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Insight: "Cliff" deal's retirement plan revenue boost questioned

A pair of elderly couples view the ocean and waves along the beach in La Jolla, California March 8, 2012. REUTERS/Mike Blake
A pair of elderly couples view the ocean and waves along the beach in La Jolla, California March 8, 2012. REUTERS/Mike Blake

By Lauren Young and Nanette Byrnes

NEW YORK (Reuters) - One modest way that U.S. lawmakers were able to offset the impact of delaying spending cuts in the deal to avert the "fiscal cliff" was through a retirement plan provision that is supposed to raise $12.2 billion over 10 years.

The only problem is that some retirement and fiscal policy experts doubt whether enough people will take advantage of the provision, which allows workers to move their money from one kind of plan to another, for the government to be able to raise that much money.

And if it does, they argue it will only be robbing from future taxation revenue - which might even reduce the government's tax take over the long run.

"It's worse than fake," said Robert Greenstein, the founder and president of the left-leaning Washington think tank, the Center on Budget and Policy Priorities, in a blog post. "Every dollar of that $12 billion is revenue that the federal Treasury would have collected in subsequent decades. And, the resulting revenue loss in later decades will be substantially greater than $12 billion — probably several times that amount."

Alicia Munnell, director of the Center for Retirement Research at Boston College amplified that sentiment, saying, "It was simply a last-minute ploy to close a funding gap."

The change concerns the conversion of more traditional 401(k) retirement plans into the so-called Roth 401(k) plans, which were named after William Roth, a Republican senator, who was a relentless campaigner for lower taxes. He died in 2003.

Unlike mainstream 401(k) contributions, which are tax deferred until money is withdrawn, Roth contributions are taxed up front.

The estimate of an additional $12.2 billion in revenue hinges on the idea that there would be enough people willing to convert and pay taxes on the money they were moving over immediately (as well as on future contributions), rather than paying taxes on income from a traditional plan in retirement.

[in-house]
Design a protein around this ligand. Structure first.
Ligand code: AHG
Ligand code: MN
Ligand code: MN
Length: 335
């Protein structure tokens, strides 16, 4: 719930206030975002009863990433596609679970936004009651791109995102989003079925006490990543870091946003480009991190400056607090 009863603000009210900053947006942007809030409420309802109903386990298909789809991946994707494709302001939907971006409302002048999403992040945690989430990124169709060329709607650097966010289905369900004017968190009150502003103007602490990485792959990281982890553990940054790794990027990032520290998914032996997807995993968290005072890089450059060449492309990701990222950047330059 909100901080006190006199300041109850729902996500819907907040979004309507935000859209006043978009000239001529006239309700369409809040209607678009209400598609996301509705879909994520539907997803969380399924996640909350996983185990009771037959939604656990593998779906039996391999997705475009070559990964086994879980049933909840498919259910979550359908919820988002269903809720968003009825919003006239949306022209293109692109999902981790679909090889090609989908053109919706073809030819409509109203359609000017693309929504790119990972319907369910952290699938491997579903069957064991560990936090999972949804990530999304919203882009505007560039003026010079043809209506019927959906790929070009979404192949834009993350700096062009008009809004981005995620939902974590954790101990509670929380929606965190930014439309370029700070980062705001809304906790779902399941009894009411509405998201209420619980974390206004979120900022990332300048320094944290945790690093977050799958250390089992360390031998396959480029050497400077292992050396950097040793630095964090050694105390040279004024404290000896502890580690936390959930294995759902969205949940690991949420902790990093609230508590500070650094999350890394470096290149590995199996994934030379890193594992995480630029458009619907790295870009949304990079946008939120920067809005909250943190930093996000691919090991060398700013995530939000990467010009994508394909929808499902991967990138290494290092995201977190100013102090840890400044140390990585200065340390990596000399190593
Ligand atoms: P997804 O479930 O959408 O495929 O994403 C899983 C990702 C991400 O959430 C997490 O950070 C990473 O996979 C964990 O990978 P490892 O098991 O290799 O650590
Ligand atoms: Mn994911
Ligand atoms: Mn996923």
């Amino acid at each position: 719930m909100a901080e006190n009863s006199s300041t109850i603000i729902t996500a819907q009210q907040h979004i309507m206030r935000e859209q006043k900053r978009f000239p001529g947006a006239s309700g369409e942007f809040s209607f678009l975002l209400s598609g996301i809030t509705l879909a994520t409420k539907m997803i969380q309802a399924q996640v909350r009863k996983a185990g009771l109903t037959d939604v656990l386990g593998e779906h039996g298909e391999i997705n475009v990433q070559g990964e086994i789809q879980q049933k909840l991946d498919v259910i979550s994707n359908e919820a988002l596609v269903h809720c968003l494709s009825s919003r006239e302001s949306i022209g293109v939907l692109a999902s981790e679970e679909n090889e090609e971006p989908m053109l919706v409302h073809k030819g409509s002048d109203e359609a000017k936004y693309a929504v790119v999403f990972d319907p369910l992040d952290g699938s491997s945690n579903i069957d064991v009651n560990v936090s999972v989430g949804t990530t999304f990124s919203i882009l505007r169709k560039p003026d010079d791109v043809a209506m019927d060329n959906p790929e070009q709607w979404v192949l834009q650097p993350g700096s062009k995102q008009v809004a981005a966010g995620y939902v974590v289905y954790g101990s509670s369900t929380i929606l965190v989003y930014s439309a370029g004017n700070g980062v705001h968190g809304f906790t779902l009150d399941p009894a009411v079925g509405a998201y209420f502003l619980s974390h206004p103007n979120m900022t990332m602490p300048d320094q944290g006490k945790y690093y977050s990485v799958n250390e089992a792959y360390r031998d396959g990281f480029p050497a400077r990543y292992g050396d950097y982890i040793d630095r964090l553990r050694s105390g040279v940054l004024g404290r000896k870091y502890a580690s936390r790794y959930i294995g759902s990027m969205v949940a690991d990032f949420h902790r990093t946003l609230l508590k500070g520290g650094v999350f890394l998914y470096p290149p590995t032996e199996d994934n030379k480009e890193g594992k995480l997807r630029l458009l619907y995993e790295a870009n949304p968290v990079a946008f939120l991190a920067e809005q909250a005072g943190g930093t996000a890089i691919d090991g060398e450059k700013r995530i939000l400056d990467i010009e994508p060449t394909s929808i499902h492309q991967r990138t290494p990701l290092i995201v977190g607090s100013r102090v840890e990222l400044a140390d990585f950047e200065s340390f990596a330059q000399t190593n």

Among the people who would be tempted to convert are those who expect their tax rate to be higher in retirement, perhaps because of their income and asset mix or if they think tax rates are going to rise.

But some experts say they don't think enough people will benefit for the conversions to be numerous enough to raise that kind of money.

"I don't think it will raise those revenues in the long run, because I don't think it's going to deliver the benefit for individuals that people think it will deliver," said Jeffrey Levine, a certified public accountant and retirement specialist with Ed Slott and Company in Rockville Center, New York.

BIPARTISAN SUPPORT

Suggestions that the provision would not deliver the estimated revenue were challenged by Don Stewart, spokesman for the Senate Minority Leader, Republican Mitch McConnell. The deal to avert the fiscal cliff deal was hashed out between McConnell and Vice President Joe Biden.

Stewart said in an email response to questions that he's "not sure what's a gimmick about people paying taxes now on money rolled over at today's rates vs. 20 or 30 years from now at whatever rates might be at that time...

"There was bipartisan agreement on this provision to give people more flexibility in their retirement planning," he said noting that the congressional Joint Committee on Taxation was the one that came up with the $12.2 billion estimate.

The JCT estimates that revenue from the change will slowly build from $293 million in 2013 to $1.72 billion in 2022. The JCT did not respond to inquiries.